Market fetishists will certainly bring their favorite rationalizations to fill students' heads. For example, they argue that when buyers raise prices on scarce items, other entrepreneurs rush in with more supply to capture those higher prices, ending scarcity. This simplistic argument fails to understand that entrepreneurs who profit from higher prices for scarce items have all the incentives and many of the means to prevent, delay, or completely block the entry of new suppliers. Real business history shows that they often do this successfully. In other words, the guarantees about reactions to market prices consist of ideological noise and little else.

We can also catch market fetishists in their own contradictions. In justifying the sky-high salary packages of mega-corporate CEOs, we are told that their scarcity necessitates their high prices. The same people explain to us that to overcome the shortage of salaried labor, it was necessary to cut the unemployment supplement of pandemic-era American workers, not to increase their wages. In times of scarcity, markets often reveal to capitalists the possibility of making greater profits with smaller volumes of products and sales. If they prioritize profits and when they can shut others out, they will produce less and sell at higher prices to a wealthier clientele. We are seeing this process unfold in the United States right now.

The neoliberal turn in US capitalism from the 1970s onwards yielded huge profits from a globalized market system. However, outside the purview of neoliberal ideology, this global market catapulted the Chinese economy forward much faster than the United States and much faster than the United States found acceptable. Not now.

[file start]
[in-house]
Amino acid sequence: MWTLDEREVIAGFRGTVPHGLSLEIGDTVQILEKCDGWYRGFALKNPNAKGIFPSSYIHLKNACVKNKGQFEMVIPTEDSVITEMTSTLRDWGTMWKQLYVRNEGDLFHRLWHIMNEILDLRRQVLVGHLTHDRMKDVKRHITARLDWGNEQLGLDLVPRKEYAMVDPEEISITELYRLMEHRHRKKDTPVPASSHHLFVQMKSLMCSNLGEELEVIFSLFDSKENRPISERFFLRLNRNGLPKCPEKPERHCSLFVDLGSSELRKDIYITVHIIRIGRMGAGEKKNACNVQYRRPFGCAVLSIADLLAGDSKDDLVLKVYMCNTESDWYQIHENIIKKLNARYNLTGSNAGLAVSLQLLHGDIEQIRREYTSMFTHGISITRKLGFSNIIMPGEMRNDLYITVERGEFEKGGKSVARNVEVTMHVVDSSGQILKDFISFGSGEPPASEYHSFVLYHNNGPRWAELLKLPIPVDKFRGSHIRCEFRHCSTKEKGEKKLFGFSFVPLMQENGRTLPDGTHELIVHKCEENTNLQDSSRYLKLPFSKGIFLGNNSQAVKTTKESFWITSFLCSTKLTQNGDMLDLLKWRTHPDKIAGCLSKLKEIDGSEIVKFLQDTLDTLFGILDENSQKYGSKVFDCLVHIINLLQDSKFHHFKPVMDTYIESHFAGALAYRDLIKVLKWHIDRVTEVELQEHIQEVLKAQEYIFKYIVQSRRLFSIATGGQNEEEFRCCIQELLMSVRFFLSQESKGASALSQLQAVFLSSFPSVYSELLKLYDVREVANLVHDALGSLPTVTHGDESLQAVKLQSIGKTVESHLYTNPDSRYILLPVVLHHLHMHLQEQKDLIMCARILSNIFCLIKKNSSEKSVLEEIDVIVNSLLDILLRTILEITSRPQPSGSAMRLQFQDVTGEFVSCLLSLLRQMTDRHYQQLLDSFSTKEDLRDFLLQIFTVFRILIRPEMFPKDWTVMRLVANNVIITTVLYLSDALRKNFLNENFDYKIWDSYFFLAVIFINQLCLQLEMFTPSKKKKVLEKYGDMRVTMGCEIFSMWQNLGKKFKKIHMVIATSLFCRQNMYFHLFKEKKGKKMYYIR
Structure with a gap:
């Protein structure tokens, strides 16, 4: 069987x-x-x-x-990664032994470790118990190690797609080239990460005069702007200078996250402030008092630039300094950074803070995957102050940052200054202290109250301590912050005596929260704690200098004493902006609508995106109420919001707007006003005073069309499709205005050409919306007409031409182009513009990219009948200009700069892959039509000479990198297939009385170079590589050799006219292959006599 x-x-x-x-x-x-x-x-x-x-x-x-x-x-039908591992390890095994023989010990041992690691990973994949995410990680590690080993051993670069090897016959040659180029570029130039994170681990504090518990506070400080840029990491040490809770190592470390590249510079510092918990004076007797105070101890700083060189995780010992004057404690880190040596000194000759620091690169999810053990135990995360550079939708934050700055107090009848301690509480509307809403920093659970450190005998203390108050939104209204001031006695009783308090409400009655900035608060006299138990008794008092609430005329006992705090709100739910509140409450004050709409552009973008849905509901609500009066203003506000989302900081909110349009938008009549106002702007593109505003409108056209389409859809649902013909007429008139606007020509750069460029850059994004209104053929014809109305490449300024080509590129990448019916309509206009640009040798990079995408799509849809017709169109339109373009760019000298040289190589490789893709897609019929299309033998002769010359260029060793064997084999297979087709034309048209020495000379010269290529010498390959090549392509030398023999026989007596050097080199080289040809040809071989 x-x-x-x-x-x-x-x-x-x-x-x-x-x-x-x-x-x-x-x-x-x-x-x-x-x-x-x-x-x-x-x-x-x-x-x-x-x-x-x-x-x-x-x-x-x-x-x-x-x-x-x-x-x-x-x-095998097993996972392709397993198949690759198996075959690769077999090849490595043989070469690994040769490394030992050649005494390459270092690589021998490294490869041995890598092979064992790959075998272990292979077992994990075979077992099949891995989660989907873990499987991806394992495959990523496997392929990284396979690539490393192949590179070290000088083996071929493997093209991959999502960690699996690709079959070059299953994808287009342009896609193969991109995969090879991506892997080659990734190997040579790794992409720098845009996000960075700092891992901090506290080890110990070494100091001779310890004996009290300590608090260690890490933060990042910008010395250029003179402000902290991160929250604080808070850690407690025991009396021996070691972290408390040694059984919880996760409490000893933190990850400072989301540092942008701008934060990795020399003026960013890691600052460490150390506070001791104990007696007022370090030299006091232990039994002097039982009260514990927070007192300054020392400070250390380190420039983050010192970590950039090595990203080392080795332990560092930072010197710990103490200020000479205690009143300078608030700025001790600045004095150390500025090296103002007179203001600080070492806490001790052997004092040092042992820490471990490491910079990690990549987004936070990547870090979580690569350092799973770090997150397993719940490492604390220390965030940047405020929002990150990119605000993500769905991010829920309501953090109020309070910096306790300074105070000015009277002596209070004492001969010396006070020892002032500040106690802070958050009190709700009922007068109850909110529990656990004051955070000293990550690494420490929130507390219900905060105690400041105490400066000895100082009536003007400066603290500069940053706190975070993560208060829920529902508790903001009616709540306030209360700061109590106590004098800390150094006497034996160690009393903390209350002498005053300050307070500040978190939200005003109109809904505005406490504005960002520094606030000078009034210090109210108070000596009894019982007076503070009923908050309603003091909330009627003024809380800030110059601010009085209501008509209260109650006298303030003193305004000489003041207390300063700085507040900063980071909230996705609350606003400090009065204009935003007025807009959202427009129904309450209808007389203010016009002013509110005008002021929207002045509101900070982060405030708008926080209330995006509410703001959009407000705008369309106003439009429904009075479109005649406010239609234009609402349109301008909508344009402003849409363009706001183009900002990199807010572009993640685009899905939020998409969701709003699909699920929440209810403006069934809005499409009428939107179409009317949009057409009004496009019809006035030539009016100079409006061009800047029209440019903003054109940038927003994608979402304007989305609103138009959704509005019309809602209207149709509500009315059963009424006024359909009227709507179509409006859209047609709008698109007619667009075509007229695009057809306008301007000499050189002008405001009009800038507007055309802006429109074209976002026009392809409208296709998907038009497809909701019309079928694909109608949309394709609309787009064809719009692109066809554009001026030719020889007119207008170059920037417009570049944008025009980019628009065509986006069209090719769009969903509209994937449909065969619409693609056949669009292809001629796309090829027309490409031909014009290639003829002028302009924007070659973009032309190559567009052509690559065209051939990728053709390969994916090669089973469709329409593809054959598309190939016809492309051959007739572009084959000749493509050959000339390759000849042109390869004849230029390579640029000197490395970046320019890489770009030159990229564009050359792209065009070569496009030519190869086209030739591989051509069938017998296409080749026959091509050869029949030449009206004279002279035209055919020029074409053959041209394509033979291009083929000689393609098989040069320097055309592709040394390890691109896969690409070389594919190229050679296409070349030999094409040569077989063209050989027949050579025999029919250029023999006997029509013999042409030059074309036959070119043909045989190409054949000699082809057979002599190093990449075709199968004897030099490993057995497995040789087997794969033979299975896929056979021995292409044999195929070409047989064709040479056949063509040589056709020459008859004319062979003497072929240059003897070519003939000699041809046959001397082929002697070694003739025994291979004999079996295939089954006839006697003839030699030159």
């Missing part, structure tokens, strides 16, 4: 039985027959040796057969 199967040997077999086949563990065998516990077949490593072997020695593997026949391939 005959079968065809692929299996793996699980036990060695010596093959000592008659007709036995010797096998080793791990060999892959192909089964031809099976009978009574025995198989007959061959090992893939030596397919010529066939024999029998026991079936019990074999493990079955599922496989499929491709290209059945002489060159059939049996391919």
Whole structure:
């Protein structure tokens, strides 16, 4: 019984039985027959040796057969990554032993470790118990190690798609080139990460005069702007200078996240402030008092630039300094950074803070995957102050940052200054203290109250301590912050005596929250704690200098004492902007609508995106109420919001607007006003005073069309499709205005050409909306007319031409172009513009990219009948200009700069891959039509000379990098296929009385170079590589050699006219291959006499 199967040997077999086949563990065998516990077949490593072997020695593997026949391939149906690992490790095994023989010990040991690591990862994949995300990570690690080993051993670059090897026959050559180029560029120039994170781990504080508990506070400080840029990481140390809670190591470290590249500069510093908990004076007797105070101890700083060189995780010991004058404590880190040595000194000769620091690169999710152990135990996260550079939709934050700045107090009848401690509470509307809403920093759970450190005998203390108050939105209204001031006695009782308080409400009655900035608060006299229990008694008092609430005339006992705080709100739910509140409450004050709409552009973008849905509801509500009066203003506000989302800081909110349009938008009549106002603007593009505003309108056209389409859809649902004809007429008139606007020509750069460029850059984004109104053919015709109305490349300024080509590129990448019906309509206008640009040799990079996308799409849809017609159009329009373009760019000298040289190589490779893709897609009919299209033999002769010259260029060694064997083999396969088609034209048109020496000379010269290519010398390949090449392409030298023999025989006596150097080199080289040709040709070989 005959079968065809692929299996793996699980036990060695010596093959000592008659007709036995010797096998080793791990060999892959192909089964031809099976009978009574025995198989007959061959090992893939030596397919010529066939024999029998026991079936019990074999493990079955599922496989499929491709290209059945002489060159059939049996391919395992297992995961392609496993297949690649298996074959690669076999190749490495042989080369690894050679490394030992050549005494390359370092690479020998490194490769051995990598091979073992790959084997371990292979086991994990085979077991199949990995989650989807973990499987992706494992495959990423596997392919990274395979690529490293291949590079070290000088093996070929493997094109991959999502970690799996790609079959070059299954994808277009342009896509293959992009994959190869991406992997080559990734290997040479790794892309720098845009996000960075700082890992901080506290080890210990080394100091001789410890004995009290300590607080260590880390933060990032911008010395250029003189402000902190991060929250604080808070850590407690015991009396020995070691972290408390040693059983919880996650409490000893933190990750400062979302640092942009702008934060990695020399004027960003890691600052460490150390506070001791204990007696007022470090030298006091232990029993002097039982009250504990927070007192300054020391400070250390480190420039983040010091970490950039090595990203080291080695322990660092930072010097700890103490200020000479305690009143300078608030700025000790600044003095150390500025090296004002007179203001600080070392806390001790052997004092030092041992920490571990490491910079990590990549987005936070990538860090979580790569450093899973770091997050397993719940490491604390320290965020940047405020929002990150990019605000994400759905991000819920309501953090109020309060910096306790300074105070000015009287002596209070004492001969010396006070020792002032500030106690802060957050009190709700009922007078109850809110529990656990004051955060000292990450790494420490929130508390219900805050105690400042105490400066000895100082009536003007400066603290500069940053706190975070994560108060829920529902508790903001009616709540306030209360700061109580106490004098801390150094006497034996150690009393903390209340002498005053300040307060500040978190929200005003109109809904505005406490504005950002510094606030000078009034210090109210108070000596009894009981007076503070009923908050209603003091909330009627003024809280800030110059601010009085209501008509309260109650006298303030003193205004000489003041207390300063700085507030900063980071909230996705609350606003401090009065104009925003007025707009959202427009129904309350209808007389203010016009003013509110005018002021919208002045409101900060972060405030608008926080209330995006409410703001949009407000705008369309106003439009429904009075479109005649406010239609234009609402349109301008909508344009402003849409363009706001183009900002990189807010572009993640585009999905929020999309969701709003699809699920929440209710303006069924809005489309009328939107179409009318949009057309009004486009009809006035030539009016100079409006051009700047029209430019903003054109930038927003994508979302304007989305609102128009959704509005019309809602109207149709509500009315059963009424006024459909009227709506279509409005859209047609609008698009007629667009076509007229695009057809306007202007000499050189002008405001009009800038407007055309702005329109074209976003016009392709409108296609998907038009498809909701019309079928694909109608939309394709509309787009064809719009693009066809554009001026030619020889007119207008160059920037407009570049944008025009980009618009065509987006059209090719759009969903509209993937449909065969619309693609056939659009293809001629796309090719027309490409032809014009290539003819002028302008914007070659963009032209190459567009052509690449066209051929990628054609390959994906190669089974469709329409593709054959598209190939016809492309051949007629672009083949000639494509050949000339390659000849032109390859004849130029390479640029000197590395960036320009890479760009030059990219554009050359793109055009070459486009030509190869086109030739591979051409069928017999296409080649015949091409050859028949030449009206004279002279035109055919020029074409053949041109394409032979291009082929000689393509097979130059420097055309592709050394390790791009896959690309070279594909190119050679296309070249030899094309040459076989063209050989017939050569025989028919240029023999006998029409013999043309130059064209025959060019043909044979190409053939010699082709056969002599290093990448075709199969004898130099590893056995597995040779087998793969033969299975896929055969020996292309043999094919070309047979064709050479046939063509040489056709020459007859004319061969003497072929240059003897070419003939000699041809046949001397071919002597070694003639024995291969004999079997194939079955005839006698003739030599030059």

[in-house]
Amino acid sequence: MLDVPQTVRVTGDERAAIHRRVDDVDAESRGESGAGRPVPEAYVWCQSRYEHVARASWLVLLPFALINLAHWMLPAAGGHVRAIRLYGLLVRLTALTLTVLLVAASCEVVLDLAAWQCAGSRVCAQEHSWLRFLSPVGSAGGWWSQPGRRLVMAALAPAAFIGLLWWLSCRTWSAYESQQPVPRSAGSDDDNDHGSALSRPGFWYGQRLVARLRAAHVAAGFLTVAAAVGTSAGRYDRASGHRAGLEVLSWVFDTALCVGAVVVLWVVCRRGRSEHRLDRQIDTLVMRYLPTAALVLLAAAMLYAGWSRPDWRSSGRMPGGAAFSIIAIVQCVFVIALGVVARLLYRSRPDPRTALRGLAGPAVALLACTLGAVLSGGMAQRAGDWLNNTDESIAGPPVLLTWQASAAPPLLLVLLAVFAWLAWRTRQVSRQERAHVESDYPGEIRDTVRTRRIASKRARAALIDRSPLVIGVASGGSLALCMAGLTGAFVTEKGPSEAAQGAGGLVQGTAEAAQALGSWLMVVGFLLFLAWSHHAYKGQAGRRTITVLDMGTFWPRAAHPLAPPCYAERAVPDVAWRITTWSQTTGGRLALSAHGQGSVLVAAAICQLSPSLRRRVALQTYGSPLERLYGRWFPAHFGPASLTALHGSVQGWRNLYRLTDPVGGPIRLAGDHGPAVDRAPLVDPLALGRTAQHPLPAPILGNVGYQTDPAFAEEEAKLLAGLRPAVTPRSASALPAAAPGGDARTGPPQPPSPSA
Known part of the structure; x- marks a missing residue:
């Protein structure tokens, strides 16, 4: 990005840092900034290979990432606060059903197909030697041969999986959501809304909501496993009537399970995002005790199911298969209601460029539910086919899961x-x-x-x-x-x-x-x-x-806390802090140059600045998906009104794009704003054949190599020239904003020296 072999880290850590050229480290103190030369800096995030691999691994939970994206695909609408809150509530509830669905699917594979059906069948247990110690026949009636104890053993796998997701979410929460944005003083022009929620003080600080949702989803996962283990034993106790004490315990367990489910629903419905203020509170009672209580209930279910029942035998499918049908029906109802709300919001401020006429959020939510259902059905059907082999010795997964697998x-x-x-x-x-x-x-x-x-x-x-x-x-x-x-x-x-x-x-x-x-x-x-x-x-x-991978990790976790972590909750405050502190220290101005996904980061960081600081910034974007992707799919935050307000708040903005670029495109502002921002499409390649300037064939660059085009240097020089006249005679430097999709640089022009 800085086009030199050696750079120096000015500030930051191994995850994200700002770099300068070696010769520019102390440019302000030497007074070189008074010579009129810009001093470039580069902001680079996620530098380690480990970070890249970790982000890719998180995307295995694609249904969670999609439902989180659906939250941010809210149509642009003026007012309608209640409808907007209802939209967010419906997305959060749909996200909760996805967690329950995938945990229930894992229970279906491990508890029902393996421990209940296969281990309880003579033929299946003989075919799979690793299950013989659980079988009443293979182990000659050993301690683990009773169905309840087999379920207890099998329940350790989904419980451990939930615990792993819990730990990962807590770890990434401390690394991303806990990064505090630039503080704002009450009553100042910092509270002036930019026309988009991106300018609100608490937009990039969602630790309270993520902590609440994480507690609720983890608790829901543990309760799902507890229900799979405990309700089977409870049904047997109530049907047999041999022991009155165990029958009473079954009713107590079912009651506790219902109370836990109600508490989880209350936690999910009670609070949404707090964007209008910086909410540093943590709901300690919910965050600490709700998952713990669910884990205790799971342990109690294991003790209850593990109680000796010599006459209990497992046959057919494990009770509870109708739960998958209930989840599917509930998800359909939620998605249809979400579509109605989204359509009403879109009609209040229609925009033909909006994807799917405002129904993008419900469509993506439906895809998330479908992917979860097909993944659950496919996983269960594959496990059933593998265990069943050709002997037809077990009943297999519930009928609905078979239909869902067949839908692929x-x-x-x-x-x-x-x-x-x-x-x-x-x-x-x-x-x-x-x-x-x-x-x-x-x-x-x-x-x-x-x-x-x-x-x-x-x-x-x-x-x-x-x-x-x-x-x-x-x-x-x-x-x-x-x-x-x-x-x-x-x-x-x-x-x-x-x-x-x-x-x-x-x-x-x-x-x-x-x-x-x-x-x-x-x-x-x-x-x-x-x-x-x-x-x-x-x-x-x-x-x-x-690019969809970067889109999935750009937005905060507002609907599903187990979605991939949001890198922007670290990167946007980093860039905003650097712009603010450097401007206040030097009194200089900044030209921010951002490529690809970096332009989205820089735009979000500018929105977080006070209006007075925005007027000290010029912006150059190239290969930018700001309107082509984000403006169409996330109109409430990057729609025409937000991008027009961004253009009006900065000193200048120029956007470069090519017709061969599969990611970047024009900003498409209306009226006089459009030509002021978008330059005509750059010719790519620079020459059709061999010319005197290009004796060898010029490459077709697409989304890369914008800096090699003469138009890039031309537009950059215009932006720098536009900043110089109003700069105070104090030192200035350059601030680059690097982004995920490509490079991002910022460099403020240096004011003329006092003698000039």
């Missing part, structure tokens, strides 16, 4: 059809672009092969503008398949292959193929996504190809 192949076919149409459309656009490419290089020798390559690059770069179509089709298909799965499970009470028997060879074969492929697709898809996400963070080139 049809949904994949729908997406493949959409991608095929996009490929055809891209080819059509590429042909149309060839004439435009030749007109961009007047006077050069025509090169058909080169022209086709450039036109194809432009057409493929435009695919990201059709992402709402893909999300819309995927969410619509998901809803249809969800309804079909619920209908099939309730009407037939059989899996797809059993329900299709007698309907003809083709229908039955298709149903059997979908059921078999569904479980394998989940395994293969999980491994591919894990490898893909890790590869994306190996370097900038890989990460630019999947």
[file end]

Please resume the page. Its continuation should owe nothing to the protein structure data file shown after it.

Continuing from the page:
So now the US has discarded its market celebrations (replacing intense “security” concerns) to justify massive government interventions in markets to thwart Chinese development: a trade war, tariff wars, chip subsidies and sanctions. Clumsily and unpersuasively, the economics profession continues to teach about pure or free market efficiency, while students learn from the news all about US protectionism, market management, and the need to get away from free market gods. formerly venerated.

The health system in the United States also challenges market fundamentalism: the United States has 4,3% of the world's population, but was responsible for 16,9% of deaths from COVID-19 in the world. Could the market system have a significant share of blame and blame here? So dangerous is the potential breakdown of ideological consensus that it is vital to avoid asking the question, let alone seek a serious answer.

During the pandemic, millions of workers were told they were “essentials” and “frontline heroes”. A grateful society appreciated them. As they have often observed, the market has not rewarded them accordingly. They received very low wages. They weren't scarce enough to command more money. That's how markets work. Markets do not reward what is most valuable and essential. They never did. They reward what is scarce relative to people's purchasing power, no matter how socially important we place on actual work and the roles people play. Markets turn to where the money is and where it grows fast. No wonder the rich subsidize market fundamentalism.

The question is why does the rest of society believe or tolerate this?[1]

Richard D Wolff is an economist. Founded the portal Democracy at Work. Author, among other books, of Capitalism's Crisis Deepens (haymarket books).

Translation: Eleutério FS Prado.

Originally published on the portal counter punch.

Translator's note

[1] The implicit answer could have followed: because there is continual alienation and alienating propaganda; why the rich have the power in liberal democracy.